Open-air Target Field will let baseball breathe in Minnesota
Target Field will give Twins fans what they've been missing for years: sunshine
Twins president: "I don't think there's any clamor to put a roof on Wrigley Field"
I made a number of observations on my recent walking tour of the new ballpark
MINNEAPOLIS -- As you walk around what will become, in eight short months, the Minnesota Twins' custom-built home and the major league's newest ballpark, your glance keeps drifting upward and, as if Bedford Falls were one of the Twin Cities, you start to hear Jimmy Stewart pitching woo on a stroll past picket fences:
"What is it you want, Minny? What do you want? You want the moon? Just say the word and I'll throw a lasso around it and pull it down. Hey. That's a pretty good idea. I'll give you the moon, Minny.''
Soon enough, the Twins will give their fans the moon. And the stars, the clouds, fresh air and a cool breeze at the end of a hot August day. A tan -- think of it, a tan at a ball game! A glimpse of the skyline in one direction, a whiff of the Hennepin County garbage incinerator from the other. Shoehorned into a tight but intriguing urban site on the opposite side of downtown from the Twins' current and much-maligned home, Target Field will boast all the amenities and comforts that people have come to expect from professional playgrounds priced at $500 million and beyond. But it offers something extra, something that in theory doesn't cost a cent:
How much is a blue sky worth? How much would you pay to look up and see the sun, a plane, even a blimp on special days, after being cooped up all week in an office, a classroom, a warehouse? How much -- after being indoors from November into April year after year because of where you live and then indoors again from April into October because of where your favorite team plays -- to breathe deep at the crack of the bat, to feel the sun's warmth or savor the moon's glow, to swear you can even smell the grass? What, you'd rather pull a gray Teflon cover over your head, hunker down in hermetically sealed, 70-degree artificial weather and settle for something vaguely reminiscent of a sport you once knew as baseball?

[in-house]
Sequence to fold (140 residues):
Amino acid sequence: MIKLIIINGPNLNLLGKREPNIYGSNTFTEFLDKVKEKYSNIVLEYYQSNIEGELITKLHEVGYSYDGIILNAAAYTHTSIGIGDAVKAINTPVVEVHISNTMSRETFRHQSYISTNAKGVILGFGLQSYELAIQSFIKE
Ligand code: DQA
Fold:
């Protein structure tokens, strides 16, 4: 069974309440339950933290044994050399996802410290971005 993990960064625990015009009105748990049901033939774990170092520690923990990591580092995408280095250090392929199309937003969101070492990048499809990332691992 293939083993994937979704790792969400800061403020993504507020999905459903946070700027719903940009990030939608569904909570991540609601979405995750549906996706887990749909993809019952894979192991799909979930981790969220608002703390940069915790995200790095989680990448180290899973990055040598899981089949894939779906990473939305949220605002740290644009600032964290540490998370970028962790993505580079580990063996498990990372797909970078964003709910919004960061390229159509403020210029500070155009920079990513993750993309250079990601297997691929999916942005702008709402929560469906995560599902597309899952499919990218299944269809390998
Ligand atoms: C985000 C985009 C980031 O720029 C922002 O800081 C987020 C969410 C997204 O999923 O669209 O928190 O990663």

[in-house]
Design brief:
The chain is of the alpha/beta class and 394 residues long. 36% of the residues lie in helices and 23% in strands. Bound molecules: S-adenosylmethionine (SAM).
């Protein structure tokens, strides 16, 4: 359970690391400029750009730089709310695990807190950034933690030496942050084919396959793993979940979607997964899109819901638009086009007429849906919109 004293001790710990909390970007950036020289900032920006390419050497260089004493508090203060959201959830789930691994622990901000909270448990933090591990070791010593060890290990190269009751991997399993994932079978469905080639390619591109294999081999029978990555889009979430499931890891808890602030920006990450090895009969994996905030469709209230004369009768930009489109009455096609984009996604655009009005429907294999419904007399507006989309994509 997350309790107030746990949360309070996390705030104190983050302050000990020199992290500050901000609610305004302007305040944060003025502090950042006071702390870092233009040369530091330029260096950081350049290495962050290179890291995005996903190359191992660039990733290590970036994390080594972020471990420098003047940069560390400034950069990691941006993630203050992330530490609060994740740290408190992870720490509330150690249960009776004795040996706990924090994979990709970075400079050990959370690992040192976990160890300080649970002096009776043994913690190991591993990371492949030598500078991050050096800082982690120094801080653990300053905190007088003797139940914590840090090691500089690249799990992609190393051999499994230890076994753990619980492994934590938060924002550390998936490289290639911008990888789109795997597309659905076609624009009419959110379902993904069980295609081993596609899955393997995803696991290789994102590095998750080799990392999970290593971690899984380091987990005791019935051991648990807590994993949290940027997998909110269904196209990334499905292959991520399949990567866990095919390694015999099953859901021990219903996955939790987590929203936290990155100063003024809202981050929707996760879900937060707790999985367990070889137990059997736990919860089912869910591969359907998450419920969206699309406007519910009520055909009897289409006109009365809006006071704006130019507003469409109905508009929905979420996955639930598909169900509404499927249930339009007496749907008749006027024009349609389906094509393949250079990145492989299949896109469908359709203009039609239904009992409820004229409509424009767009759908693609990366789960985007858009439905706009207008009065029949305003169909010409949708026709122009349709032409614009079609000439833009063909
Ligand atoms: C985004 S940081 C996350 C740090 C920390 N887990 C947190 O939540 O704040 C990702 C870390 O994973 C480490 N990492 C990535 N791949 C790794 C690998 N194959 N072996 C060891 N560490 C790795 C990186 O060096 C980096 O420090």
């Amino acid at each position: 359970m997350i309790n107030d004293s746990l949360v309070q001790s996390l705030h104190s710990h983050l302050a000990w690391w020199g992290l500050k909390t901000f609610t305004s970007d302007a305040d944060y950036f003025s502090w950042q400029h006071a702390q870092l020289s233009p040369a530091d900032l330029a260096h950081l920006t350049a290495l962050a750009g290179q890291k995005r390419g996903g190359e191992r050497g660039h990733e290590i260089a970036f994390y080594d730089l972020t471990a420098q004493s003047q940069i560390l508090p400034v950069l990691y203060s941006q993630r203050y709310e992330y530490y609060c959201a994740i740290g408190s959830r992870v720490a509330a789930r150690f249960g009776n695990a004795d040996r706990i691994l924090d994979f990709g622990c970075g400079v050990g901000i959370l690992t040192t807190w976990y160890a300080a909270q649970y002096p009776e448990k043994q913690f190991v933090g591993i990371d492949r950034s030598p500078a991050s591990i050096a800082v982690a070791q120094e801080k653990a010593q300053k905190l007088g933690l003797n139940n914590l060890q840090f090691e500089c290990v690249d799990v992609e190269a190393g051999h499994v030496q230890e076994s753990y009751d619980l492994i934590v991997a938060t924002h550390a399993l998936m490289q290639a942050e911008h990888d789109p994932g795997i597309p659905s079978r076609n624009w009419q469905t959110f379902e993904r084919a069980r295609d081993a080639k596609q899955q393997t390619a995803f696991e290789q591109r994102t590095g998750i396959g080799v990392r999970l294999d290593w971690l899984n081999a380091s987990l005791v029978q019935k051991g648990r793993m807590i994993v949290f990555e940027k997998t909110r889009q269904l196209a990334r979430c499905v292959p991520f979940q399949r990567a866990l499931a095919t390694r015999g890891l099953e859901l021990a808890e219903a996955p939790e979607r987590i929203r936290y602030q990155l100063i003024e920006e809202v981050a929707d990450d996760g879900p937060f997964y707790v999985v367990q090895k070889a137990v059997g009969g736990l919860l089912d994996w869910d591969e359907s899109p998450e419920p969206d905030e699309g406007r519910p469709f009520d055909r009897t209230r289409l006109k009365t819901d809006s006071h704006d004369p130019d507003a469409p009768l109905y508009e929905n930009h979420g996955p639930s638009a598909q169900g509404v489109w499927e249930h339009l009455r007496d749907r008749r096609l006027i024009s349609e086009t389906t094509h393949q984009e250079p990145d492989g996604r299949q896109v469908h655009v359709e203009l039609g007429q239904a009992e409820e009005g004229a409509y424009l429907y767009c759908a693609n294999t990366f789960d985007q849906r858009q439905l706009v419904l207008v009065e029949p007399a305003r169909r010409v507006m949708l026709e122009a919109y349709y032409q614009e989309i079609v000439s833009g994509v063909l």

The draw in 2010 will be a new ballpark but the allure will come less from what's there (most notable on first exposure, the native Kasota stone from southern Minnesota that frames the exterior, highlights certain interior facades and even caps the dugout roofs) than what is not there. As in, the roof. That feature or, more accurately, deletion from what a couple generations of Twin Cities baseball fans have grown up with is Target Field's most striking difference from the Hubert H. Humphrey Metrodome.
Now, despite what Al Gore and his legions might tell you, the climate in Minnesota hasn't changed nearly enough since the Dome opened in 1982. Last we checked, the Twins play 350 miles northwest of Milwaukee, where a canopy on wheels shelters crowds from any storms. Last we checked, too, the World Series is scheduled this year to push into November.
"A retractable roof would have cost $150 million and up to do,'' Twins president Dave St. Peter told me recently, while giving a personal tour of the new park. "Our owners already have put nearly $200 million into the project. The county had no interest in funding a roof. So based on the lack of state participation, our best alternative was to build Target Field without a roof.''
The Twins have run the numbers -- average temperatures in April and October, annual precipitation each spring and fall (and form, as in rain vs. snow), total number of weather postponements at old Met Stadium in suburban Bloomington from 1961 to 1981. The team averaged between three and four rainouts each season, St. Peter said, a workable number of games to make up in day/night doubleheaders.
"Rain, we can handle that,'' he said. "It's more an issue of climate. But we're getting soft in Minnesota. I expect to get as many fans complaining about the heat, missing the air conditioning in the Dome, as I do the cold.
"We are going to play more day games. I don't think there's any clamor to put a roof on Wrigley Field, and the fact is, there are crummy days in April at Wrigley Field. There will be crummy days in April at Target Field. But there will be beautiful days, too.''
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